As the remaining survivors of the Holocaust age and enter their final years, their histories are too often lost. That is why we bring you weekly stories of Gentiles who helped Jews during this dark chapter of not only the 20th century, but in all of history. This week, Cyla Koplowitz Zakheim recalls how a Christian couple, Ignat and Sofya Yermolovich (named Righteous Among the Nations in 1995), saved her and others from an infamous Nazi massacre:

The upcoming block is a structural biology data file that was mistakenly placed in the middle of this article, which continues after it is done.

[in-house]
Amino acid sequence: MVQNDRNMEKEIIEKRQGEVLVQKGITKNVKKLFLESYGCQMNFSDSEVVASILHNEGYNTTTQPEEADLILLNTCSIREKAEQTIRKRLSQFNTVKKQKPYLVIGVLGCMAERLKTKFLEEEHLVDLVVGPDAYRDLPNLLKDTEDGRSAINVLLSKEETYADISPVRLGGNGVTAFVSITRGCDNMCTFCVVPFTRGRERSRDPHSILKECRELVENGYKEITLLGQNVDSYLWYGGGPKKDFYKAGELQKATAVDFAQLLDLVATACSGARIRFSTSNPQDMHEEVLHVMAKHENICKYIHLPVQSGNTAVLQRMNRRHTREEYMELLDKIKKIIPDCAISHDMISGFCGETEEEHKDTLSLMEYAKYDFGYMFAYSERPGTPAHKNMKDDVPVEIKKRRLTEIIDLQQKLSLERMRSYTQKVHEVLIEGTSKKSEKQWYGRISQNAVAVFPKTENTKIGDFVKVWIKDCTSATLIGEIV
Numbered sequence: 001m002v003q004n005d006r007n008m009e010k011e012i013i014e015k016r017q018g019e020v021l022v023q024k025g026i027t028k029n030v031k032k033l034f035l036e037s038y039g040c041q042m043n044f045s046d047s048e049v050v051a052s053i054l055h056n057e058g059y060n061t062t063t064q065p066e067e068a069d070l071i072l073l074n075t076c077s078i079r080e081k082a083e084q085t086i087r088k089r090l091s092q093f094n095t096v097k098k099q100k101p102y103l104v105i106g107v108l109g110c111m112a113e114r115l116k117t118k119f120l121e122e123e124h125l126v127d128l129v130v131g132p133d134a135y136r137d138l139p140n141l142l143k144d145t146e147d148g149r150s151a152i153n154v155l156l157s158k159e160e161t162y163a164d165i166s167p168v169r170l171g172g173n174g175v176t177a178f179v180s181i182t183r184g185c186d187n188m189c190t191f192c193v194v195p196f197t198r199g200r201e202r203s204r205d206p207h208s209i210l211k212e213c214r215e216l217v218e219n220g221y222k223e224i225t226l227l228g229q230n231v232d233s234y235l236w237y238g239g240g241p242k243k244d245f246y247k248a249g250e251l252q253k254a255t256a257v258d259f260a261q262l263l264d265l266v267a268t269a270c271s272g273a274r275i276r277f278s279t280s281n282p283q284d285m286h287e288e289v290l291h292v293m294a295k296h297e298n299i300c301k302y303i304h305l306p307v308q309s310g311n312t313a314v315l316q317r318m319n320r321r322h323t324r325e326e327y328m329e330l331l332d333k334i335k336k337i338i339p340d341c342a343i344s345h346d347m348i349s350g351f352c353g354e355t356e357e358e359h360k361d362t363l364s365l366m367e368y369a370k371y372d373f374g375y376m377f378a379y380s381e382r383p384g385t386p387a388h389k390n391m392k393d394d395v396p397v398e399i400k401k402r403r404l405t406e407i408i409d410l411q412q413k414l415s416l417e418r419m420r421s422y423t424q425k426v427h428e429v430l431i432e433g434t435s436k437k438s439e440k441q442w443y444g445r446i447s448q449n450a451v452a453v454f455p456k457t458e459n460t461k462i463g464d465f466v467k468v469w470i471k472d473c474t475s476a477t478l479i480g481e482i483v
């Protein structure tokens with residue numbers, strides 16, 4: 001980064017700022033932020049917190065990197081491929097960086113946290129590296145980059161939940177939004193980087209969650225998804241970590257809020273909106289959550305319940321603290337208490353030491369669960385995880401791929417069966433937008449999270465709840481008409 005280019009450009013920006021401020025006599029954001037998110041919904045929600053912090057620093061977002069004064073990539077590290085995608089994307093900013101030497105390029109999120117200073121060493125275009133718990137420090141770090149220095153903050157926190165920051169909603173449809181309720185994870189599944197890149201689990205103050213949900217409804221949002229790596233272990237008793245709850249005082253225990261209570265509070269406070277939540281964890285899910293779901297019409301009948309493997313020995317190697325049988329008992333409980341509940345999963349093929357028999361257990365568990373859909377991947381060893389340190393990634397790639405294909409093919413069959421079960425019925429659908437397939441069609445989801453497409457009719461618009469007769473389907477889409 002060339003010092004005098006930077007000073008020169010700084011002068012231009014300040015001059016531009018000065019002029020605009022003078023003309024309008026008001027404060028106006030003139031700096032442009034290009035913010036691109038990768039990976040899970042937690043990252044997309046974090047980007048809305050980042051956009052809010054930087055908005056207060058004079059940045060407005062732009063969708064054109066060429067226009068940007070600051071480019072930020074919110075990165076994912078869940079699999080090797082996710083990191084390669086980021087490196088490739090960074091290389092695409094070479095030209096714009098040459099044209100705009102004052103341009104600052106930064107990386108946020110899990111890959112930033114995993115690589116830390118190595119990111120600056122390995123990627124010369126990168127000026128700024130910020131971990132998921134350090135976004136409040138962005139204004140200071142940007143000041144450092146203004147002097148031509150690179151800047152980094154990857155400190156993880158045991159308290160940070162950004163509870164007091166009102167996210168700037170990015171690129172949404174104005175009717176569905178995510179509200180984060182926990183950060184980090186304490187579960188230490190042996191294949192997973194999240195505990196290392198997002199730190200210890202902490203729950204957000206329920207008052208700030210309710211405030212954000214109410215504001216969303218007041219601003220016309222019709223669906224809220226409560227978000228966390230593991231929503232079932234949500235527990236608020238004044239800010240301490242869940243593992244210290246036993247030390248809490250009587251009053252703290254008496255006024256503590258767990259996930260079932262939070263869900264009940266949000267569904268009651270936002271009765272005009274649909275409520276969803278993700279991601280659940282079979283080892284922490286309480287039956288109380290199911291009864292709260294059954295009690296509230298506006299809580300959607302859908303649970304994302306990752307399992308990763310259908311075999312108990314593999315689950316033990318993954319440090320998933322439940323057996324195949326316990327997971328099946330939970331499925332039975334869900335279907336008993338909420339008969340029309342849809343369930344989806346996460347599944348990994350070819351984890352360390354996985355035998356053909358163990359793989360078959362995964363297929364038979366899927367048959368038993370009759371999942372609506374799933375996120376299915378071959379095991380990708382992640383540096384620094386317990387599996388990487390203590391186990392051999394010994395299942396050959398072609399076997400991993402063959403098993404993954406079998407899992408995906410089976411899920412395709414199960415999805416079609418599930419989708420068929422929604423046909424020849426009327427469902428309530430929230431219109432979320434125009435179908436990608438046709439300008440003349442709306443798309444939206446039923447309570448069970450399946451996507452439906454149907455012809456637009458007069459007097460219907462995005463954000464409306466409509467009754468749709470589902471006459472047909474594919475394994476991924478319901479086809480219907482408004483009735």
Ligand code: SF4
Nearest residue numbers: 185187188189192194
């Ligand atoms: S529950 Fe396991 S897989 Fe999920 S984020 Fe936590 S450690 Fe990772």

The farmers Ignat and Sofya Yermolovich, both in their late 30s, lived with their daughter Tonya in the town of Mir, Nowogródek District (today Grodna District). Between the two World Wars, many Jewish families lived in the town and the Yermoloviches were friendly with some of them. In the early morning of November 9, 1941, the day of a large-scale Aktion in Mir, the Yermoloviches welcomed six Jewish friends into the shelter of their granary. These were Cyla Kopelowicz, Efraim and David Sinder, Laike and Hinde Monicker, and Hinde’s young daughter. When the Germans started conducting house-to-house searches, they checked the granary but the hidden Jews were not discovered. A few days later, they returned to Mir. Not long after the Aktion, the surviving Jews were concentrated in a ghetto established in the local castle in Mir. On August 10, 1942, three days prior to the ghetto liquidation, a group of approximately 300 Jews fled to the forest. Twenty-year-old Cyla Kopelowicz (later Zakheim) was among the escapees. She lost the others and after wandering for three days, without food and water, she turned to the Yermoloviches for help. Ignat and Sofya hid Cyla in their field and provided her with food, some clothes and boots. The following day, Cyla left for the forest again and was lucky to find and join the Bielski family camp. After the war, Cyla traveled to South Africa where she had relatives. She maintained contact with the Yermoloviches for many years thereafter.